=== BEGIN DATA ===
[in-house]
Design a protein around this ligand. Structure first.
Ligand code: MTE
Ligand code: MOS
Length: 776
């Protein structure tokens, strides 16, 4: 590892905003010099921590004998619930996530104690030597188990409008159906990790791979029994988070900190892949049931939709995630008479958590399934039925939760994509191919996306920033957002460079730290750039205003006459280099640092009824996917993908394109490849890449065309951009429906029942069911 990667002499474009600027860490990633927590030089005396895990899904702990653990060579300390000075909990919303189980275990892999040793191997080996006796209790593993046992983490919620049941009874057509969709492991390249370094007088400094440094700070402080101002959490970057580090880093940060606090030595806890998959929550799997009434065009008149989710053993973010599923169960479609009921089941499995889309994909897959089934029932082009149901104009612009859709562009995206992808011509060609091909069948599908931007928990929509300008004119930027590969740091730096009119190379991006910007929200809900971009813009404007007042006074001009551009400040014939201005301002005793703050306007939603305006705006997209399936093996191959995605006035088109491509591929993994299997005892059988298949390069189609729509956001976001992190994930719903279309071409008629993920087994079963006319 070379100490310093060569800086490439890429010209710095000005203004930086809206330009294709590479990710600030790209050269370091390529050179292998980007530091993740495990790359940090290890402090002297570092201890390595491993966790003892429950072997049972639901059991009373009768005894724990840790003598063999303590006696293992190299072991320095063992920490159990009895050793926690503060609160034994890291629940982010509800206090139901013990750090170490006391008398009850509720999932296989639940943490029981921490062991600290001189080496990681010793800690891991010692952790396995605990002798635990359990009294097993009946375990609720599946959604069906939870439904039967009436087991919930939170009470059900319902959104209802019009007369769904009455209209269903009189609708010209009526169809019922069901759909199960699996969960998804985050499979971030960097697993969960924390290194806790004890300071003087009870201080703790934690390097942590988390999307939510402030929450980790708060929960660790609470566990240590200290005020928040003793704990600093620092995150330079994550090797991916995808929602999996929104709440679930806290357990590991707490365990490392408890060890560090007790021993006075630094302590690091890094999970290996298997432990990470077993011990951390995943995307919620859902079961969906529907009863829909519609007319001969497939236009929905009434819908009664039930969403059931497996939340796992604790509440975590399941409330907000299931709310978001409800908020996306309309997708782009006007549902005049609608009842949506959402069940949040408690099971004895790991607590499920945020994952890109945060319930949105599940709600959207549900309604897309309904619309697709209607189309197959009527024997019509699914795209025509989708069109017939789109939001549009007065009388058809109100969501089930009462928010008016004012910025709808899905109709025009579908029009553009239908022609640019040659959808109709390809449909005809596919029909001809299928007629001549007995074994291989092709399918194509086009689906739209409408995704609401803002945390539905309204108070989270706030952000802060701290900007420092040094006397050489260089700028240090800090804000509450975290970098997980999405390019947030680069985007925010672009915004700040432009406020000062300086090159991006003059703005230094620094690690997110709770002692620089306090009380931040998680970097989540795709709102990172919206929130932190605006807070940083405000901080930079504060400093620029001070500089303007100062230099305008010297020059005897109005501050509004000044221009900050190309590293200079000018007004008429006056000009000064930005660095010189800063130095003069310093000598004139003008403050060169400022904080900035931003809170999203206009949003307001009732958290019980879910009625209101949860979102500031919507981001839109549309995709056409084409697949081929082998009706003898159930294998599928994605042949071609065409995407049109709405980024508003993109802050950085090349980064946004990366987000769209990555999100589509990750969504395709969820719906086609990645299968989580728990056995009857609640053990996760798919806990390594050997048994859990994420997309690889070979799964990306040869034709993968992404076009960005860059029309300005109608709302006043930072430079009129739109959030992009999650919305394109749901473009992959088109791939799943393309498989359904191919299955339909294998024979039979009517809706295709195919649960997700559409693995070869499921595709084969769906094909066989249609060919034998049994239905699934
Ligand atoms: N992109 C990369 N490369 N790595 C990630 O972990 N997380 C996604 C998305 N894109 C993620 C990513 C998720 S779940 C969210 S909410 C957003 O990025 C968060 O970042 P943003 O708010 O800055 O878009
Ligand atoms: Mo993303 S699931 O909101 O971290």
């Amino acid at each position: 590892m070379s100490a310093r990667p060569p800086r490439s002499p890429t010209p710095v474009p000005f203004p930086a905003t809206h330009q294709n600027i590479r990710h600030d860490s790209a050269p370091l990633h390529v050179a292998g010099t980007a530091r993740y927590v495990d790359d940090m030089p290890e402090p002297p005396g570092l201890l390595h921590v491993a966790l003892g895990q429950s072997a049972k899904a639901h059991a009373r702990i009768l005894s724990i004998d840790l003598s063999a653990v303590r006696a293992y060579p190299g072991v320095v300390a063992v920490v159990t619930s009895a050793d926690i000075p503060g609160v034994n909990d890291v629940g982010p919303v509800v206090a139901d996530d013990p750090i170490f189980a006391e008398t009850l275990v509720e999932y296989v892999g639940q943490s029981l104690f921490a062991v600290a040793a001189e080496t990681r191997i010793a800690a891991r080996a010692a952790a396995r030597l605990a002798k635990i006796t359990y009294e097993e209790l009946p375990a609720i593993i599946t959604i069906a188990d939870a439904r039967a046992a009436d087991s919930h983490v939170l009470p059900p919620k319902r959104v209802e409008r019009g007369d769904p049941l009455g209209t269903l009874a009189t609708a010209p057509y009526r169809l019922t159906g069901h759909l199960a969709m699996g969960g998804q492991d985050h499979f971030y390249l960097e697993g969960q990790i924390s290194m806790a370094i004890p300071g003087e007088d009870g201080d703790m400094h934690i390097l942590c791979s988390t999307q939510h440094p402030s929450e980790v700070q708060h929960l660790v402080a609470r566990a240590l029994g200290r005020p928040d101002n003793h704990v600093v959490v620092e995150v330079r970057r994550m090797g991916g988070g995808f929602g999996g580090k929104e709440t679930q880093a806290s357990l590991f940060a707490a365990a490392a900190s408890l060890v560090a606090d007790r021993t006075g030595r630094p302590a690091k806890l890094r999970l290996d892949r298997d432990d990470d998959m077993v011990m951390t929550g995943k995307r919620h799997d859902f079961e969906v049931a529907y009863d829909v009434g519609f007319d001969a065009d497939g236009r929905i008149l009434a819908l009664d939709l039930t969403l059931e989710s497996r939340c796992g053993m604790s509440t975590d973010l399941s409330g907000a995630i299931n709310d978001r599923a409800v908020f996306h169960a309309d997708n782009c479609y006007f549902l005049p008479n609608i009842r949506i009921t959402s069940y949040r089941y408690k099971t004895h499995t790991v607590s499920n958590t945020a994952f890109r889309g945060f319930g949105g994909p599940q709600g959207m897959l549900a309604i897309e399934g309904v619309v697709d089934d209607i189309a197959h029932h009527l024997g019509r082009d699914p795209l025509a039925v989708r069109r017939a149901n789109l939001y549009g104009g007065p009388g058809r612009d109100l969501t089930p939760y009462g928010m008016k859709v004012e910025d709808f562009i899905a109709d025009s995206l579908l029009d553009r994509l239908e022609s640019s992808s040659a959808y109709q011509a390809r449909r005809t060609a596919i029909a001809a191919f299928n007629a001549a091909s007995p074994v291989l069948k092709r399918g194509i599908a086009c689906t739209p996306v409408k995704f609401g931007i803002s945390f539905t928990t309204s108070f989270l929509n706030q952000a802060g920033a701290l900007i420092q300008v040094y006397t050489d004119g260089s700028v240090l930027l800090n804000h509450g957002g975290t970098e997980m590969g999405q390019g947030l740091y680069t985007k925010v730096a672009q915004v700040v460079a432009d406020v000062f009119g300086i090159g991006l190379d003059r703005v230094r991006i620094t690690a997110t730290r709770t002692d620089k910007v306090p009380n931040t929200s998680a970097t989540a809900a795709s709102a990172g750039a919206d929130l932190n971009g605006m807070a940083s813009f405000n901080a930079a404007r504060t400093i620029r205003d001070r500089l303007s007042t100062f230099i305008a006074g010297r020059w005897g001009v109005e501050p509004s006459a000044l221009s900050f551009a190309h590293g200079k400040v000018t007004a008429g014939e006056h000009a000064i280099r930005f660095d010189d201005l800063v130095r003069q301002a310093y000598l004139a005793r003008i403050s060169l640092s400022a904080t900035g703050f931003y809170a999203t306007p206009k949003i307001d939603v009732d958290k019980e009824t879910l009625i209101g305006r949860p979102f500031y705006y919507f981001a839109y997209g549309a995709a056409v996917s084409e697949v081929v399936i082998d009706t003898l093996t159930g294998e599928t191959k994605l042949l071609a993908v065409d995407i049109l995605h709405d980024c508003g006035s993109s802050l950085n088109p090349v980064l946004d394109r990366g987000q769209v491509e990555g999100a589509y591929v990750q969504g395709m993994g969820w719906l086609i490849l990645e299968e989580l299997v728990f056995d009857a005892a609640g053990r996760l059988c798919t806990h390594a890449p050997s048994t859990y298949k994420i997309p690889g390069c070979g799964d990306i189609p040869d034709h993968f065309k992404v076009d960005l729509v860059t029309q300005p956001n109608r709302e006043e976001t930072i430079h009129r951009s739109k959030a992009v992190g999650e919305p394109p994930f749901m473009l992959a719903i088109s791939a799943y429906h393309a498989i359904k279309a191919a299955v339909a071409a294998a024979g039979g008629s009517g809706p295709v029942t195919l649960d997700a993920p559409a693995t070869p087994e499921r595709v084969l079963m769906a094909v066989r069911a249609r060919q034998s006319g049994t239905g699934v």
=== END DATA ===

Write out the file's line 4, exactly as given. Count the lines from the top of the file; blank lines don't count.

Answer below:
Ligand code: MOS